• Leslie Singleton
        Posted August 5, 2015 at 11:33 am | Permalink

        Dear Mike–All this good stuff about coagulated or homogenised or centralised budgets never seems even to begin to address the unarguably and blindingly obvious problem that the Euro exchange rate is considerably too low for Germany but considerably too high for the likes of Greece.

    • Atlas
      Posted August 5, 2015 at 8:48 am | Permalink

      Unfortunately they tried it twice.

      What was the phrase “Ein Volk, ein Reich, ein Fuhrer”?

      Please not again.

      Reply No-one should suggest this is anything other than a voluntary process entered into by the peoples and governments of the other countries. The argument is over is it in the interests of Germany and the others to carry on with these plans?

      • Graham
        Posted August 5, 2015 at 10:50 am | Permalink

        Reply to Reply

        I think I would suggest that it is not a voluntary process.

        Please tell me where we have had the chance to alter direction since we first entered the Common Market?

        Didn’t some countries vote ‘no’ and were told to get the right answer – which was achieved by coercion/bribery/political deals of governments working for the EU not their voters.

        Methinks this will happen again here with the Referendum.

      • Narrow Shoulders
        Posted August 5, 2015 at 12:42 pm | Permalink

        Voluntary based upon misrepresentation and than backed up with threats ala Greece (and Italy and Malta).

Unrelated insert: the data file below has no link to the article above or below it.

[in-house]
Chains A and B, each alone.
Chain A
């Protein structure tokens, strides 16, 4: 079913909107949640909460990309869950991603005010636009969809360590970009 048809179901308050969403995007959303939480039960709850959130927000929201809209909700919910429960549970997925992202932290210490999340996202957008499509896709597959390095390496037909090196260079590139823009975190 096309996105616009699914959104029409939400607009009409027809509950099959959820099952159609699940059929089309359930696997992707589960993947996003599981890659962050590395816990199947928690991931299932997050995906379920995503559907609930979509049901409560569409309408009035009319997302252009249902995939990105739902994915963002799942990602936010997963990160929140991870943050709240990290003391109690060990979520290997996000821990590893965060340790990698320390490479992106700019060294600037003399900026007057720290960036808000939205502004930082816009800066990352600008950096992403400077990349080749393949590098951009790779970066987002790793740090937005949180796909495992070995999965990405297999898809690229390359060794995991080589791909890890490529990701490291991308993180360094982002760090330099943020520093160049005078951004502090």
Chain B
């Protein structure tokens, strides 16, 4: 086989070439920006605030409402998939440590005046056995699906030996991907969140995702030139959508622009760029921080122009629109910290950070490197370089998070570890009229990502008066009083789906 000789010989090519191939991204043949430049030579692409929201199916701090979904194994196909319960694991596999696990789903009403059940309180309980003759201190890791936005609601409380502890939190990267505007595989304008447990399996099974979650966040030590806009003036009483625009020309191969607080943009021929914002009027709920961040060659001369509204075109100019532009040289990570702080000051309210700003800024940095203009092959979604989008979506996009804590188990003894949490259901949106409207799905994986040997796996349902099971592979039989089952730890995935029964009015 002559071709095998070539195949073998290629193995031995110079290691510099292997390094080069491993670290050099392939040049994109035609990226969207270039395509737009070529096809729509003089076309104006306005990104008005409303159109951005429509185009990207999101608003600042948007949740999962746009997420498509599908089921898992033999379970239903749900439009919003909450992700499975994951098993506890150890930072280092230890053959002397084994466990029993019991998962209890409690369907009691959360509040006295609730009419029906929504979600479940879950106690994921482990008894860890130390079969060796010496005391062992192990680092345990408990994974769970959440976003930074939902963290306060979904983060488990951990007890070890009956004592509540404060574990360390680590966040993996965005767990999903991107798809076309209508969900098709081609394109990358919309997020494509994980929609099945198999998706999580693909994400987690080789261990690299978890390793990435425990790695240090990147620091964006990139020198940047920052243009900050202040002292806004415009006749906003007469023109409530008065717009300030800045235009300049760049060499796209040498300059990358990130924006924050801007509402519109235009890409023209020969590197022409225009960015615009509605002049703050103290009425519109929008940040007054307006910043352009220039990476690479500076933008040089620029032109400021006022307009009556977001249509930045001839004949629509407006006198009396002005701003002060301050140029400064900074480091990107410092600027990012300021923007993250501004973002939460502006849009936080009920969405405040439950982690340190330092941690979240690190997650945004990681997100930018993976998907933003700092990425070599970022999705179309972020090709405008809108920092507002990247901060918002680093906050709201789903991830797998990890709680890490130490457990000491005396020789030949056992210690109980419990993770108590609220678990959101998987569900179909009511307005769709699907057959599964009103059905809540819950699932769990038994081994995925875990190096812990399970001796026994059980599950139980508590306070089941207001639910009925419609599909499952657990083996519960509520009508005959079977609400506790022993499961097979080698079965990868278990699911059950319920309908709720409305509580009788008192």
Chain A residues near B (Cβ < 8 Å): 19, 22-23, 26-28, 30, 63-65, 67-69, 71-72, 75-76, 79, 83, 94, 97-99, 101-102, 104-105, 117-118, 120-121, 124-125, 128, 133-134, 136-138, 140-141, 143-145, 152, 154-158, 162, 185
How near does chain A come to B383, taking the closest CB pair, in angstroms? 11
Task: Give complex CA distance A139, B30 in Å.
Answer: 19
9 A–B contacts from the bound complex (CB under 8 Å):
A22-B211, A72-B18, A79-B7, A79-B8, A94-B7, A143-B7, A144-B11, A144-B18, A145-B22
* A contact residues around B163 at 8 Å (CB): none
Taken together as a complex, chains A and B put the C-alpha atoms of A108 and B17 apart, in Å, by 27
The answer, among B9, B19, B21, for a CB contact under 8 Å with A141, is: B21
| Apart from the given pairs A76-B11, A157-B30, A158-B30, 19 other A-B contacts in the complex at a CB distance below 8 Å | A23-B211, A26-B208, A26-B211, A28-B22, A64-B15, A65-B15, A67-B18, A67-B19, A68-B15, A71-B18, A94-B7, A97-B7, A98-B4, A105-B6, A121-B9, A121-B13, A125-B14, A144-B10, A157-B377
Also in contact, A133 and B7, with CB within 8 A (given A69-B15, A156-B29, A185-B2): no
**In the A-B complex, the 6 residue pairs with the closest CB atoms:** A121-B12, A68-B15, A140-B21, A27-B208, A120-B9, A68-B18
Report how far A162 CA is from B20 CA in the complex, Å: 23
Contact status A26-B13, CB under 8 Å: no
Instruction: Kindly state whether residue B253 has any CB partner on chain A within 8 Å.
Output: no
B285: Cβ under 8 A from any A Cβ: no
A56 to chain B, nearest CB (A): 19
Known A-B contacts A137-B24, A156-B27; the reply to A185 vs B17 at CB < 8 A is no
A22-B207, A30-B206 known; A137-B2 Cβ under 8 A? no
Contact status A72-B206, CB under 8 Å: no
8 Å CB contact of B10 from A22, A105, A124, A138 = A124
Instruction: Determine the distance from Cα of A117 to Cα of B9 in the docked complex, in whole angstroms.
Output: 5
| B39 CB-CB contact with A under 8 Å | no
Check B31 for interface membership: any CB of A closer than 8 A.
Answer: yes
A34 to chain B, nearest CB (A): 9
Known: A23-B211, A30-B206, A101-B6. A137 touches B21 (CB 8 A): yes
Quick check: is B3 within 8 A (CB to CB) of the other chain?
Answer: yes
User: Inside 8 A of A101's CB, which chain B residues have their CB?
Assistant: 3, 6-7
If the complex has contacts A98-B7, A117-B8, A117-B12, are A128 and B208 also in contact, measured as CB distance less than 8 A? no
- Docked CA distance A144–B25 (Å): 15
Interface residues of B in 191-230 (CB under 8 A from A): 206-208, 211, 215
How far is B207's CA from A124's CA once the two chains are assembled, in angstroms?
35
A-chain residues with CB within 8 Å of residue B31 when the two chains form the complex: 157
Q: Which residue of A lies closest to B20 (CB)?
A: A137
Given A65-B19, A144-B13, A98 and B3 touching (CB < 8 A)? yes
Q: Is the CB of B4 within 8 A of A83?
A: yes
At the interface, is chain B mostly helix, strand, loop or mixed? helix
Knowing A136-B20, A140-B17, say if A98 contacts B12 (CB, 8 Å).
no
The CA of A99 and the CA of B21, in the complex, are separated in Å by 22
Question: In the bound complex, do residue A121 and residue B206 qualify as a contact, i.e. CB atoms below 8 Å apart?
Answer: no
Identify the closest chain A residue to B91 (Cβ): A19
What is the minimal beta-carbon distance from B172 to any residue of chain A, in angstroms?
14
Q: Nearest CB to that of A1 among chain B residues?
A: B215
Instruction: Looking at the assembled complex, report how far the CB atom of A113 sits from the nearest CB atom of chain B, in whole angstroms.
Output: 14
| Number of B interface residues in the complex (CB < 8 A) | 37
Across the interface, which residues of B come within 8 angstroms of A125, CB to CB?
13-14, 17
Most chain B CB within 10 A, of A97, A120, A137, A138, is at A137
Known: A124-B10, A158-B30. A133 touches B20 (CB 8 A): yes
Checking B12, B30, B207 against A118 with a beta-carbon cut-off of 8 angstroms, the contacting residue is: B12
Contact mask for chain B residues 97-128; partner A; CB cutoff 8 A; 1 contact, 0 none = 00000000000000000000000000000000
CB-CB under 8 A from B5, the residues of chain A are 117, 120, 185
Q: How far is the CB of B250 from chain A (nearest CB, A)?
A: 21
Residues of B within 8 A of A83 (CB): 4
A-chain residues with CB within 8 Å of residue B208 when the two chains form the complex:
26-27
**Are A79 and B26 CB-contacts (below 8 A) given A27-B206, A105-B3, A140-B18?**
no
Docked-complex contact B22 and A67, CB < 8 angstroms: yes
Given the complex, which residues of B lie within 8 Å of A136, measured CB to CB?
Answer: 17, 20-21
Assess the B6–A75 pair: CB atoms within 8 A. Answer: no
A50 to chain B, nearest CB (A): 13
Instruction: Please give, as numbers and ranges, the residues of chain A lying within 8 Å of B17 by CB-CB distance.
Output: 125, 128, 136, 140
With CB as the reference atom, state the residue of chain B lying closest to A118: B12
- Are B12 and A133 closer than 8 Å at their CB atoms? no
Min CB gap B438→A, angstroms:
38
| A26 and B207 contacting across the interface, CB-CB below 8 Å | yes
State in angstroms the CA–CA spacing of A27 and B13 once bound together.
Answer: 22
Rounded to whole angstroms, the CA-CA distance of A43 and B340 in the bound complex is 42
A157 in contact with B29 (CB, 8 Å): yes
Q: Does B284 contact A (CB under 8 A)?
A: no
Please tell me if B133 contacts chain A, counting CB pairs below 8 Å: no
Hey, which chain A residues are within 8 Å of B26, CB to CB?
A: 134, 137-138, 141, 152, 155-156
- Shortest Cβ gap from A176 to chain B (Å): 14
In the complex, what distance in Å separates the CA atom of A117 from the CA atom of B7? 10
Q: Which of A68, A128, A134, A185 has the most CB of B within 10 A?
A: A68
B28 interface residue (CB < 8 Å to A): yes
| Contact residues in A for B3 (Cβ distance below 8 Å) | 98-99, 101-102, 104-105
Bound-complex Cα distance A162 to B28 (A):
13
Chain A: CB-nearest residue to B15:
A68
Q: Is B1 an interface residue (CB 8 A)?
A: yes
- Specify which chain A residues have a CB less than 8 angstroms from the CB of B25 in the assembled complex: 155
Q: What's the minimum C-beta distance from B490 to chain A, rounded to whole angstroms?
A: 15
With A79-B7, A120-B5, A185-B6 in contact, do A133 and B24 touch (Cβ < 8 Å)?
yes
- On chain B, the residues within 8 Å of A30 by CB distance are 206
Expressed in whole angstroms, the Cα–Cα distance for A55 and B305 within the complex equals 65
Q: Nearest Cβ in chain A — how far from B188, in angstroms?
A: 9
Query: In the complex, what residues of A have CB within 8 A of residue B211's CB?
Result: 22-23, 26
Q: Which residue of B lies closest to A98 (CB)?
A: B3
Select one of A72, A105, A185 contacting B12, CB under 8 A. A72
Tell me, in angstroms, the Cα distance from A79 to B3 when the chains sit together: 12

You can check out any time you like but you can never leave

        • John C.
          Posted August 5, 2015 at 4:44 pm | Permalink

          I think we are different. If we DO vote to leave, that will be it. We are too big a fish to play, and a NO vote will mean the British people have had enough.
          It’s still unlikely that we will vote No, though, unless there are further fissures in Euroland.

      • Lifelogic
        Posted August 6, 2015 at 6:35 pm | Permalink

        The people in the UK have never been given a fair & unbiased say. They will still not get a fair say from Cameron referendum. The BBC, Cameron, EU funding, CBI, Universities, the state sector and the rest of the usual suspects will see to that.

        Has he decided what he wants in the renegotiation yet?

    • fedupsoutherner
      Posted August 5, 2015 at 10:22 am | Permalink

      Yes, but with a more united Europe and if we vote to stay in then we will be asked to use the Euro. This is what Germany really wants.

    • Ben Blaker
      Posted August 5, 2015 at 12:11 pm | Permalink

      Why do you think the German led EU is pushing and funding all these Europeans to enter the UK.
      First to destroy the economy, and second to provide a base to stop us leaving the EU.
      If there is a vote to leave the EU, what’s the betting there will be massive riots from all the Eastern Europeans living on benefits when they are told they have to leave ?

      • Richard1
        Posted August 5, 2015 at 1:54 pm | Permalink

        Really? How many Eastern Europeans are living on benefits? I’d say Eastern Europeans have made a big contribution to the UK economy. Building work in London eg is far higher quality and better value these days thanks to competition from Polish builders. I don’t think it’s EU immigration which has been the problem, and I don’t see why any of these people would be thrown out even if the UK voted to leave the EU.

        • Narrow Shoulders
          Posted August 5, 2015 at 6:56 pm | Permalink

          I’d say the majority of Eastern European immigrants in the UK are claiming housing benefit, child benefit or tax credits to top up the minimum wage they are earning.

          The complete scroungers aren’t the real problem it is the volume and the fact they claim in work benefits. Locust like they really do swarm.

    • Mitchel
      Posted August 5, 2015 at 3:07 pm | Permalink